Thursday, 22 September 2022
Ceisteanna Eile - Other Questions
99. To ask the Minister for Finance if he will indicate the relaxed European Union rules that are now available to member states' taxation and public finance ministers in order to assist in confronting the present crisis and if he will indicate the possibilities they open up. [46332/22]
If anyone could be in any doubt about the depth and length of the crisis we are now facing, such doubts were dispelled when war crimes were discovered in areas that President Putin had been forced to abandon. He is now proposing referendums in those occupied territories and is making nuclear threats. In that context, what changes in response are possible in state aid, tax relief, new credit guarantees, new approaches to warehousing bills or taxes under EU rules?
There has not yet been any further change in the budgetary framework that is available to countries. The general escape clause that keeps the EU fiscal rules in place but gives countries more flexibility in their levels of borrowing was activated again for this year and next year. That gives countries the flexibility they need to be able to borrow in response to the very pressing and serious global issues that the Deputy referred to and continue to come to light.
The country-specific recommendation to Ireland under the European semester process was for us to continue to adopt a neutral fiscal stance, which is a way of describing the need for us to help households and businesses but not do things that make the inflationary challenges faced by Ireland deeper and bigger. The Minister, Deputy Michael McGrath, and I aim to get that balance right and we are working to that end. A reviewed state aid framework is in place to allow countries to continue to put measures in place, particularly to support employers.
This has been of assistance to the Department of Enterprise, Trade and Employment in its plans to look at credit and how we could support businesses that are viable but are facing another really serious shock.
I concur entirely with the Deputy that we are seeing such evidence of further crimes against our fellow Europeans. I am sure the UN will have listened carefully to the words of President Zelenskyy and the call for further action that he has made.
I think the Minister. Anyone who listened to me will know I am calling for a national energy resilience campaign. I see potential state-aid obstacles standing in the way of such a scheme. In many businesses there are no supports for solar energy. The SME test which is to try to proof small businesses against some changes is not in place in Ireland. I see the potential for tax relief for retrofitting, for example, as a way of nudging people to do things now. I see smart meters which we have put in at enormous expense constrained by GDPR rules from being used to deliver savings to people. The Minister should look not at the macro but at the micro. Can we make changes that are now permissible which would nudge people to do things in the midst of this crisis? That would be very good in the long run as well as saving money in the short term.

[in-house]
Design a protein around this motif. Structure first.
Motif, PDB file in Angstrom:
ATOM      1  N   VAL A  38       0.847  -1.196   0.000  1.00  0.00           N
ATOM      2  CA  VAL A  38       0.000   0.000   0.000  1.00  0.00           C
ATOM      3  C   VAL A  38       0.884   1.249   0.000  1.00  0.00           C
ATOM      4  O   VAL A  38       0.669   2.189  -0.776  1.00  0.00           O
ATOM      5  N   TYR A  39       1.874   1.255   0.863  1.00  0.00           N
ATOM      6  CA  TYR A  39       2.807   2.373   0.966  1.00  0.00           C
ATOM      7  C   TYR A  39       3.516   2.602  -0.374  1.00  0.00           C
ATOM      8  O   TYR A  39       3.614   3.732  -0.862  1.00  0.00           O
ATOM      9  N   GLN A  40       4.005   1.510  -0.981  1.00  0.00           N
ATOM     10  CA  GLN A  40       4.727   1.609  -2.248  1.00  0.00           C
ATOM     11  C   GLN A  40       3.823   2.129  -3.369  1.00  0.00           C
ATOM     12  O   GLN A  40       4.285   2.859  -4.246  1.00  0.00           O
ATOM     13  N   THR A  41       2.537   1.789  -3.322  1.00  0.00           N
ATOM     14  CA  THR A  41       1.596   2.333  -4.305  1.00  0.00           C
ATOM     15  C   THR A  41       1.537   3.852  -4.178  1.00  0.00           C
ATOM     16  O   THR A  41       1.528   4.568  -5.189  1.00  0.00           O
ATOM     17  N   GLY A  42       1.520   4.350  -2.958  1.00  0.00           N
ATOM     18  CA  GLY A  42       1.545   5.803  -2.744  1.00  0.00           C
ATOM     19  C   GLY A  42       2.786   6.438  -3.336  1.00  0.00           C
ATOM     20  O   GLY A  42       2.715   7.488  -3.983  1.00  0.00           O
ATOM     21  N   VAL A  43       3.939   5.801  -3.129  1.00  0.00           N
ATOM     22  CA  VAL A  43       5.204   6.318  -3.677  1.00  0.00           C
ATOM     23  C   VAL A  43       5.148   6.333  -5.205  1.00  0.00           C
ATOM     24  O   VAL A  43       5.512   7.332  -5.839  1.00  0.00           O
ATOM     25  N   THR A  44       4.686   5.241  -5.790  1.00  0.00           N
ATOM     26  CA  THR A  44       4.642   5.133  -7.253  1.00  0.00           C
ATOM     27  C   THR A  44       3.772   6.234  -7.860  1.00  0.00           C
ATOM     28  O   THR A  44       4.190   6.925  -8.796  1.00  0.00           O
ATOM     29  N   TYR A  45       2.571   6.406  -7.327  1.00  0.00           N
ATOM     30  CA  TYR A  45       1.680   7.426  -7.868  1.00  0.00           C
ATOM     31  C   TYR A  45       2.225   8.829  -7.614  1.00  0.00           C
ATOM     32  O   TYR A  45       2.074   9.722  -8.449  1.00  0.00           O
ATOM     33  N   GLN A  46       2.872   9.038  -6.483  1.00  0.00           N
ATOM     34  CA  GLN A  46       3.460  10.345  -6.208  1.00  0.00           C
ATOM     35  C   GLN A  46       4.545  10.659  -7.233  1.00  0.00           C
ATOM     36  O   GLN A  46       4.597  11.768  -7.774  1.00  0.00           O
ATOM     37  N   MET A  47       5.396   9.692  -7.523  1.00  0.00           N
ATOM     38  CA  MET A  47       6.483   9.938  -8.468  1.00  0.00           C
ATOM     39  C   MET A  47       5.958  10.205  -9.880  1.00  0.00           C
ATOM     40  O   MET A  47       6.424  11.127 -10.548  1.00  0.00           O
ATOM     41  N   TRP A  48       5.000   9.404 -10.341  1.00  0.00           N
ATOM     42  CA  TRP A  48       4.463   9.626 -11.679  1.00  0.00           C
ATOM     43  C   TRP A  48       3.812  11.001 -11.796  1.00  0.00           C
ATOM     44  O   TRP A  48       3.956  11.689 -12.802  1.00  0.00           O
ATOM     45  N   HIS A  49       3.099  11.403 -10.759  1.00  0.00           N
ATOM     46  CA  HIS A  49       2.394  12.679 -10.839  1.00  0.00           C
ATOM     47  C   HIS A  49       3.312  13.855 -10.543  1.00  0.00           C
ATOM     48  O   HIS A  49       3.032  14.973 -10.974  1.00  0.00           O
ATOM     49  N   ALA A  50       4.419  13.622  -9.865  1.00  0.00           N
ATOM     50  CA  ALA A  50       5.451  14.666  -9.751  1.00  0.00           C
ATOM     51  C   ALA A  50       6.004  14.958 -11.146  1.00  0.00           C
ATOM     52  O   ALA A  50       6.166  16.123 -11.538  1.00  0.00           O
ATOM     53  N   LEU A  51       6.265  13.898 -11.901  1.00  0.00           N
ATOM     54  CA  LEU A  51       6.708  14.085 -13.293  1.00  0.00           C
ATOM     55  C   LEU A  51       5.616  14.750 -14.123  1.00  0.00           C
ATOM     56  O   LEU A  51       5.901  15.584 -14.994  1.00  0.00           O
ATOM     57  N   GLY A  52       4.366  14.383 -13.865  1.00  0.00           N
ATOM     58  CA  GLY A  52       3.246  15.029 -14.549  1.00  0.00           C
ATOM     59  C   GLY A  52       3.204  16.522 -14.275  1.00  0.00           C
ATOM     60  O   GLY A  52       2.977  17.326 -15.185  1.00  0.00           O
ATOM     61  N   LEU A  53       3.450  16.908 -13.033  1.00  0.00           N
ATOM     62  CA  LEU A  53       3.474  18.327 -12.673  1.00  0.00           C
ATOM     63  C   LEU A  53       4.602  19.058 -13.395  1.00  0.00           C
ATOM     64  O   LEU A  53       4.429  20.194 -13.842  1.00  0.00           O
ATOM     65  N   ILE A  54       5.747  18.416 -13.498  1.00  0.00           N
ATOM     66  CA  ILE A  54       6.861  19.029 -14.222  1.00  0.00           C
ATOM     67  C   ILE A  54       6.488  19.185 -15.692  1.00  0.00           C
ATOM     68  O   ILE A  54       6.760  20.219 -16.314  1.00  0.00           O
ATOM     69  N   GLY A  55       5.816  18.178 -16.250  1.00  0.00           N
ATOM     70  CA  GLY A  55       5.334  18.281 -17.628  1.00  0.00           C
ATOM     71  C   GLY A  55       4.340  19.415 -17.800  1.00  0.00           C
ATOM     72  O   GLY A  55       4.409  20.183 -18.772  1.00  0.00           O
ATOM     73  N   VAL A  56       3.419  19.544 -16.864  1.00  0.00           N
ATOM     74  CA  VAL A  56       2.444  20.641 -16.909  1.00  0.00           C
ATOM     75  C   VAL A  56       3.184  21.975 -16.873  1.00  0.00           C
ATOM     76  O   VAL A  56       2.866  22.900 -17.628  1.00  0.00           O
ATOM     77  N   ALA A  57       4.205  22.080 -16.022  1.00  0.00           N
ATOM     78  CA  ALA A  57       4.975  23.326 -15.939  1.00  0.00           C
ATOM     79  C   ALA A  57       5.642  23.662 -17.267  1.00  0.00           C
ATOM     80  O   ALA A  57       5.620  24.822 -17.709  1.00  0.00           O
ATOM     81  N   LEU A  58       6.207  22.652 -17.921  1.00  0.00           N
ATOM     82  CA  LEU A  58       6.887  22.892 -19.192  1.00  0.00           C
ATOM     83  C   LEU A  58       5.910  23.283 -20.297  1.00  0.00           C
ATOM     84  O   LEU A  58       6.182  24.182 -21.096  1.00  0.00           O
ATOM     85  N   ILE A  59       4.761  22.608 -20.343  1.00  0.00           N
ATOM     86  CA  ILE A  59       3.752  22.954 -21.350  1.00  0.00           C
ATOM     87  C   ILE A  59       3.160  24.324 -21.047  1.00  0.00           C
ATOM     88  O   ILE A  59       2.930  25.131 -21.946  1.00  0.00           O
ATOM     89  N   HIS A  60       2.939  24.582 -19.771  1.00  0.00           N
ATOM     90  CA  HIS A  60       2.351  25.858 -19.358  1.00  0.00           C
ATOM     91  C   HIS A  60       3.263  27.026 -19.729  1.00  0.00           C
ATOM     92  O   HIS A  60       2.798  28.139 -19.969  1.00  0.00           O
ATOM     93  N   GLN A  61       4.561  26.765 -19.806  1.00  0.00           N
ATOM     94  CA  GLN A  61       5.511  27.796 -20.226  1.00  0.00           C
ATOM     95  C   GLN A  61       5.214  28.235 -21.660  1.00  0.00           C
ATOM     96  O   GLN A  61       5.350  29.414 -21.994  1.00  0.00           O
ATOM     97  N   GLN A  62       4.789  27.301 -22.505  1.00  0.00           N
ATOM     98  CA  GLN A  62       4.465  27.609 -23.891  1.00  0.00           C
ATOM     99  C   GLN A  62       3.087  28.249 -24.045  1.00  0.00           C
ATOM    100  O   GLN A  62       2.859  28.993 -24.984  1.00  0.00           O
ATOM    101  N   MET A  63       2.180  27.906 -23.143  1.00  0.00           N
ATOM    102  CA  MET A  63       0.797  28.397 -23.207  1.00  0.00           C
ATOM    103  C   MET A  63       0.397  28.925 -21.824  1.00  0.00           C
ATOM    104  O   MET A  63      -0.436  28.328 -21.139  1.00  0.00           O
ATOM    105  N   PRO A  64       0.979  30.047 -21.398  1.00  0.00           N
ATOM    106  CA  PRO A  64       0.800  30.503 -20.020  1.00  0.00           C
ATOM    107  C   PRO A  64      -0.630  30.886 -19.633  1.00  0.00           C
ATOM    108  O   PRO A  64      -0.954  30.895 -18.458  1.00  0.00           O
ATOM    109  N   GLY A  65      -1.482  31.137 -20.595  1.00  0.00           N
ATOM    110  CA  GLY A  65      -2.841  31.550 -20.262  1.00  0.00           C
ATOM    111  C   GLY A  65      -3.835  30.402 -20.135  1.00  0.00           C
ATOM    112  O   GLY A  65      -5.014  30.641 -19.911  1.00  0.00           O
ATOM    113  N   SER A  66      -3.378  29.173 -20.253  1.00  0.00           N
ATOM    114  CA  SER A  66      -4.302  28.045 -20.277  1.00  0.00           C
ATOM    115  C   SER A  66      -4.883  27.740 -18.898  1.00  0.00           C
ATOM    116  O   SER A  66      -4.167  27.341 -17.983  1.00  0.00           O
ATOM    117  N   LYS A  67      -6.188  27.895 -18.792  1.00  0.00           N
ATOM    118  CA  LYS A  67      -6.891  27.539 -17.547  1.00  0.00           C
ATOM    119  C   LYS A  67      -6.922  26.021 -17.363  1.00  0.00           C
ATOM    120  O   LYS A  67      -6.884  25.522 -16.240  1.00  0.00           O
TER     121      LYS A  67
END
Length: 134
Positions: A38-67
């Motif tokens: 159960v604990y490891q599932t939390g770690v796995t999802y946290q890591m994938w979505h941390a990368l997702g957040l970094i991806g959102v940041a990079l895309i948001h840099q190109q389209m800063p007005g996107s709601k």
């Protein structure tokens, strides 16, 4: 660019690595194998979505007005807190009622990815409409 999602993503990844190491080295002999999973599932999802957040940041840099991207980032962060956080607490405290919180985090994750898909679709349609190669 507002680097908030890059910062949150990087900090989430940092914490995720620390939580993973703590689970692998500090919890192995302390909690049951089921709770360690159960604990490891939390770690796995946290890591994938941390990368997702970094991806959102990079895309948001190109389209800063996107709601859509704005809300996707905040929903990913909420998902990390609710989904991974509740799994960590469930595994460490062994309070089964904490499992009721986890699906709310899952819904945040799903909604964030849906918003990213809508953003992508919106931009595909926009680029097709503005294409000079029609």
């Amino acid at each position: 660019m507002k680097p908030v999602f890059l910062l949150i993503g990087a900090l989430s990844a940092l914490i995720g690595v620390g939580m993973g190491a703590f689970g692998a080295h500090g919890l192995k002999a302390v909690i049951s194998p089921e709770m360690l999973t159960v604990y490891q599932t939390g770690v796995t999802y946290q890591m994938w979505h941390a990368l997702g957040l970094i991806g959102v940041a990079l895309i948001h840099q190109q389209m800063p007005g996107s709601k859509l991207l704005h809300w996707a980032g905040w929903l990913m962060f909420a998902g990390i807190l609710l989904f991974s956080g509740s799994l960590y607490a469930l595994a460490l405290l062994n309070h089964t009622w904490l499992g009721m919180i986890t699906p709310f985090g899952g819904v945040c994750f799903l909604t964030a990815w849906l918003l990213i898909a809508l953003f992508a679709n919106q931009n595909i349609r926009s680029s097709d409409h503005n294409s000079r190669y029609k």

I take the Deputy's point that we need to look at how we can provide guidance - probably stronger than nudging - to help to deepen the resilience he is referring to. The Minister, Deputy Eamon Ryan, is looking at different ways in which this could be done. I know that the challenges we are facing at the moment with the price and availability of energy are very serious. As the Deputy knows, really important changes happened in the years after the last great energy shock of the 1970s which opened up new sources of energy and changed the price of that energy. Likewise, from the Irish point of view, we need to intensify two things that we are doing. First, we need to take the kinds of steps the Deputy mentioned and which the Minister, Deputy Eamon Ryan, is working on to make better use of the energy that is available to us. Second, we need to go all out to make our country an exporter of clean energy to Europe and the world because we have the resources to do that.
I urge that consideration be given to short-period tax concessions with limited life to look at things like downsizing, adaptation of homes and vacancy. These two are structural high use of energy. We are not good at occupying effectively. Short-term tax concessions could help people who want to make changes to make those changes. It makes a lot of sense not only because we face housing difficulties but also because of the energy difficulties at the moment.
Deputy Bruton is a veteran of these kinds of policy debates and is well versed in the Dáil. He will know as well as I do that it is difficult to bring in tax reliefs and concessions that are short term in nature which can be quickly modified. That said, I know the House will be aware of two other ways in which we are trying to do this. I concur entirely with the Deputy that making use of existing buildings that are in place is not only necessary for responding to our housing needs but is also the most energy-efficient thing to do. The changes that the Minister, Deputy, Darragh O'Brien, has now announced on the fund to provide additional grants to taxpayers to make use of buildings that are currently unused and to broaden the application of that show how the Government is trying to respond to the need that the Deputy has identified. My commitment to introduce a vacant property tax to change the incentives regarding unused property is the other way in which we are aiming to do it. I thank the Deputy for raising these serious matters here today.